Datadog API Catalog

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API Catalog showing a list of API endpoints along with their Error Rate, P99 Latency, Requests Count, and Owning Team, with searching, filtering, and scoping features.


The API Catalog provides a single view and entry point for exploring the performance, reliability, and ownership of all your API endpoints in one place. It’s a central place where your whole company can find up-to-date information about the characteristics of the APIs used by internal services (private APIs) and external users (publicly exposed APIs).

Monitor your mission-critical API-driven business features, standardize and validate APIs performance expectations, and alert when performance deviates from them.

The API Catalog enables your teams to:

  • Provide high availability and uptime of critical APIs and the business features that rely on them to function.
  • Prevent API regressions and instability issues.
  • Quickly triage incidents.

API Catalog combines data from across Datadog to provide opinionated workflows so you can explore and monitor your APIs from different sources in one unified view. API Catalog provides:

  • Automated discoverability - One inventory for all public, private, and partner APIs, where endpoints are the organizing principle.
  • Correlation of all API metadata from different Datadog sources.
  • API endpoint metrics, such as Last Seen, Requests, Latency, and Errors, to identify performance issues and track API health.
  • Alerting on endpoints that deviate from defined performance expectations and thresholds.
  • Resolving incidents faster with API ownership information (team, on-call, communication channels) directly associated with each endpoint, to know who to reach when something goes wrong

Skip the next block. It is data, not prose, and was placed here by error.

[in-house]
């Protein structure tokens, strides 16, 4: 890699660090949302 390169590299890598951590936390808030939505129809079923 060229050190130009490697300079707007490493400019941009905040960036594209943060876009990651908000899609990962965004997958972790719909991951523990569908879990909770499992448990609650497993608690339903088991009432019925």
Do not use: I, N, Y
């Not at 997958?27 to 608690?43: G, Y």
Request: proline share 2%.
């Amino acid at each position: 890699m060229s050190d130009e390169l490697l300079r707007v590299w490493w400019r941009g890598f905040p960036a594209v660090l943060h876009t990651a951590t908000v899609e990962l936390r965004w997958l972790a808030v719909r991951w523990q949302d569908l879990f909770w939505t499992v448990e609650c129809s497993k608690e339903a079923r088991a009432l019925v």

See Key terminology for some background on concepts that are important to understanding what API Catalog does.

Exploring your endpoints

The API Catalog view shows all endpoints in all environments in your Datadog organization. The performance data shown for each endpoint is scoped to the environment and time frame you select. You can browse and ask questions by querying different properties and metrics to get more precise results, using facets and tags for quick filtering.

In the list table, sort by any of the columns by clicking a header. For example, click P99 to see endpoints with the highest 99th percentile for latency.

The table also shows team ownership for the API. This information is inherited from the associated service definition in the Service Catalog. The service owner owns all of the endpoints connected to the service.

To filter the list of endpoints or to search for a particular endpoint of interest, enter a query in the Search field. Search by service, path, or any other primary tag.

Or select a combination of facets on the left, filtering by the owning service or the team they belong to.

To scope the data shown in the table, specify an environment, another primary tag (such as datacenter), and a time frame.

You can define tags to use as facets so you can easily find groups of endpoints you’re most interested in.

Investigating endpoint details

When exploring an endpoint, getting a higher resolution view of the API endpoint details is helpful.

Click an endpoint in the list to open a details page that shows performance, ownership, and metadata information for the endpoint, collected from various areas of Datadog, into one place. Here you can edit the short name and description and add custom tags. You can also launch deeper investigations of the various types of telemetry using links into other areas of Datadog.

For example, you can:

  • Look up a specific endpoint by path (for example, /checkout) when it shows a high error rate and a high request count.